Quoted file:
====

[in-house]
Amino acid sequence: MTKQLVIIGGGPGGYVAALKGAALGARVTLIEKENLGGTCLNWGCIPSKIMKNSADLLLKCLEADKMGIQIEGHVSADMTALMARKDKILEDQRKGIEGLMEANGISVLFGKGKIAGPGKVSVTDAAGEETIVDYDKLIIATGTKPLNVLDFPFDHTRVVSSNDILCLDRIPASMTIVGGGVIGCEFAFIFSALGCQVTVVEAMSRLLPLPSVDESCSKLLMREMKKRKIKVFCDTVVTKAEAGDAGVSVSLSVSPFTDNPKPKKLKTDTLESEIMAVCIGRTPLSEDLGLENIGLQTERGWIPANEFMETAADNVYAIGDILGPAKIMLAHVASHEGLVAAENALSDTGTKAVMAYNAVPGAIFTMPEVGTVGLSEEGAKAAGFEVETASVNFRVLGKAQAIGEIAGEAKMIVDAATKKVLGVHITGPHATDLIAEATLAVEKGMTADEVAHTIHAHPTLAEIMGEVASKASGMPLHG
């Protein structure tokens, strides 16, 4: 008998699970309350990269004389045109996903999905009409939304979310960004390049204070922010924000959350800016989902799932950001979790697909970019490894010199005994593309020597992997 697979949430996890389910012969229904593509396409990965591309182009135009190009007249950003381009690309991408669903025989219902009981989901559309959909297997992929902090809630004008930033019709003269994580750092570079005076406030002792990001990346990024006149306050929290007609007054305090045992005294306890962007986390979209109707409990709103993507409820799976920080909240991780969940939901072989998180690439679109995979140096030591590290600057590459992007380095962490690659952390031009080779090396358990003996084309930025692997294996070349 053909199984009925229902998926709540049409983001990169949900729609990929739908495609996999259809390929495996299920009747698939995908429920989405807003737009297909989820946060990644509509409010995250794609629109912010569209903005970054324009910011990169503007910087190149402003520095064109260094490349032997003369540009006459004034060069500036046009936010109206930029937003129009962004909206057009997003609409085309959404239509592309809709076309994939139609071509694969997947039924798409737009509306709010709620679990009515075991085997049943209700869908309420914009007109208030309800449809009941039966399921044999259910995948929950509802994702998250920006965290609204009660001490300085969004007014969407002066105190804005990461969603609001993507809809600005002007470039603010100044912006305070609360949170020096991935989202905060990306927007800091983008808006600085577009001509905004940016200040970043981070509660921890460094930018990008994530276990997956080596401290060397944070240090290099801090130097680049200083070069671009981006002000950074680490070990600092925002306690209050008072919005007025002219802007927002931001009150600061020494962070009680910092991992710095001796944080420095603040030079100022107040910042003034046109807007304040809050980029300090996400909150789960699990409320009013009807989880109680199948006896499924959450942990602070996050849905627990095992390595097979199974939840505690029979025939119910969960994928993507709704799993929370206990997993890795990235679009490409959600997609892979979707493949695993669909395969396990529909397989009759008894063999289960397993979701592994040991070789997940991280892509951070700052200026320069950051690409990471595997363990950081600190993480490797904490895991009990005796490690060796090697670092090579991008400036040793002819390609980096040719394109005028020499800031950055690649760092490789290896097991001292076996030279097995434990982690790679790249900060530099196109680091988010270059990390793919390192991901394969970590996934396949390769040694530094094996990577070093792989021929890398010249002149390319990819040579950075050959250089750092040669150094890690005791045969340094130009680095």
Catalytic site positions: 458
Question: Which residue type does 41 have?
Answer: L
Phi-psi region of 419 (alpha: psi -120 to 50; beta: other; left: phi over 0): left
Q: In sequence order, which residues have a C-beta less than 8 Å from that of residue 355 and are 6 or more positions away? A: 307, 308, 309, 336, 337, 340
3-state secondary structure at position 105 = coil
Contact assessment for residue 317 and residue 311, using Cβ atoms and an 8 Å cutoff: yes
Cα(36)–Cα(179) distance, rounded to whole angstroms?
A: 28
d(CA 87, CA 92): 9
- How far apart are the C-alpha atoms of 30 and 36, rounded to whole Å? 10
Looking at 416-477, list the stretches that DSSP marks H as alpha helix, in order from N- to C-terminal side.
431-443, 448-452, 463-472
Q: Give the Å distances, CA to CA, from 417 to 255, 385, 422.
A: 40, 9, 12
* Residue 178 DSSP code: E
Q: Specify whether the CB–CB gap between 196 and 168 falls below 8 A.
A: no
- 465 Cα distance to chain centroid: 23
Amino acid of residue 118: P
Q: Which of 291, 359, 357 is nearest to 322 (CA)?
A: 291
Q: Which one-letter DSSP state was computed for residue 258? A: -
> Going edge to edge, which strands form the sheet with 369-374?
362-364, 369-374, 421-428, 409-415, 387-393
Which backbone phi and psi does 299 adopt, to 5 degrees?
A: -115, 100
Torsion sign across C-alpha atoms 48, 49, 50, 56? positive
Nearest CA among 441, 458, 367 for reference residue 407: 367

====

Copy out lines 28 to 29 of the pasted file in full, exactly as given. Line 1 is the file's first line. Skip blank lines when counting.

362-364, 369-374, 421-428, 409-415, 387-393
Which backbone phi and psi does 299 adopt, to 5 degrees?